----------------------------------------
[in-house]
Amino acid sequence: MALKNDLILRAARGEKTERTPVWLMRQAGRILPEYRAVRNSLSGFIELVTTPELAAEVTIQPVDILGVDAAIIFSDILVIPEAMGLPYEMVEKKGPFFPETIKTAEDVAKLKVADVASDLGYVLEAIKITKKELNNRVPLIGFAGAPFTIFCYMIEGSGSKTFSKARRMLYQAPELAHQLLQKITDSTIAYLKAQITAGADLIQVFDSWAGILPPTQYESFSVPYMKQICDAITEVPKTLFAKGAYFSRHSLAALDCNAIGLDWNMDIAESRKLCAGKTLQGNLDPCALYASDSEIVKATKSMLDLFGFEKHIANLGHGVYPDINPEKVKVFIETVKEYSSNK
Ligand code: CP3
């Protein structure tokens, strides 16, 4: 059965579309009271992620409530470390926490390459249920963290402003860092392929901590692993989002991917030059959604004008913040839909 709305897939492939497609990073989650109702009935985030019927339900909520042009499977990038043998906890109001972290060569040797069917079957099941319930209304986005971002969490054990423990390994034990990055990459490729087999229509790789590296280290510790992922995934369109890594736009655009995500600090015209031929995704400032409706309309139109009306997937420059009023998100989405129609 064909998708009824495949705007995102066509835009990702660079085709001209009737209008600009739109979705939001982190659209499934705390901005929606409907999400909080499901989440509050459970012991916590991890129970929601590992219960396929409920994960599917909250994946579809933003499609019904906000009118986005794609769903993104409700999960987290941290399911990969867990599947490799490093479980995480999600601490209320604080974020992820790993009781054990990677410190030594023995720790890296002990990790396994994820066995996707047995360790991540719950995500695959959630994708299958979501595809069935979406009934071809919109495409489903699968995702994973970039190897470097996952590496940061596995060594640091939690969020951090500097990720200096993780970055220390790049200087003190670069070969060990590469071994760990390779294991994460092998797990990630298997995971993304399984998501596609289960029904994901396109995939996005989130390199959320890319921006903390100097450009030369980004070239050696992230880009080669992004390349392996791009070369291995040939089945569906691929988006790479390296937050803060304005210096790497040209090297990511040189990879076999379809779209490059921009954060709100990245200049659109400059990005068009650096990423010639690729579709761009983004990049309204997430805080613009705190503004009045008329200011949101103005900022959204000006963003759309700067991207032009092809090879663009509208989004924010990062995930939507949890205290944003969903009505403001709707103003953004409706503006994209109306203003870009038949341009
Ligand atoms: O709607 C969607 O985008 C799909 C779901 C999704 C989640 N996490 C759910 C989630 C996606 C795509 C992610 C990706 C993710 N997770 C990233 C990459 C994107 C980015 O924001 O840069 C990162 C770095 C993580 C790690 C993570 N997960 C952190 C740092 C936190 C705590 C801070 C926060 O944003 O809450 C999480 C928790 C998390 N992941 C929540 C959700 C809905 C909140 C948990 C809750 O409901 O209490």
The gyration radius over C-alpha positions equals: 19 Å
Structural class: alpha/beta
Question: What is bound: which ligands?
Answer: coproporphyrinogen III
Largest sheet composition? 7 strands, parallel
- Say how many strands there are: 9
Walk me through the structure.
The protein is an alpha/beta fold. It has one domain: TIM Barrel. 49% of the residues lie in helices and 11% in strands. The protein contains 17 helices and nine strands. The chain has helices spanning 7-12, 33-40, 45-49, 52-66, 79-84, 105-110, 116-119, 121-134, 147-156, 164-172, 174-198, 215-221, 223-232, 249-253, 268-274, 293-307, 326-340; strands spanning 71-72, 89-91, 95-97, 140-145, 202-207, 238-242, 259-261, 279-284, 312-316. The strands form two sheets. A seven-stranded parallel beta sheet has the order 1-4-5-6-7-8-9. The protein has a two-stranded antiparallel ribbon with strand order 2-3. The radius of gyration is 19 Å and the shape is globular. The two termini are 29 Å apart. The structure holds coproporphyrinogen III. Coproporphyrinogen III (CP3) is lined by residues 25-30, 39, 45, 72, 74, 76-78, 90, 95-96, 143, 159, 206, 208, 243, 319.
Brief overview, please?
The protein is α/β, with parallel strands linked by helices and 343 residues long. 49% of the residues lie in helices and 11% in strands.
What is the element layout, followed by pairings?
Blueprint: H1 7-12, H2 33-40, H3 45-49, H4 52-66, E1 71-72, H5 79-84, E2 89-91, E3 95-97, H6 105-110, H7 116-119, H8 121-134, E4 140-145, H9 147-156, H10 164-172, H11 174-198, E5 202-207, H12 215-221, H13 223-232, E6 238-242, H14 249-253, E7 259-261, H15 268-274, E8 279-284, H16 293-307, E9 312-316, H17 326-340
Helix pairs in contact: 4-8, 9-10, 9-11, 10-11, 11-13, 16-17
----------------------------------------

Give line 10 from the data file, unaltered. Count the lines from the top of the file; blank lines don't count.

Largest sheet composition? 7 strands, parallel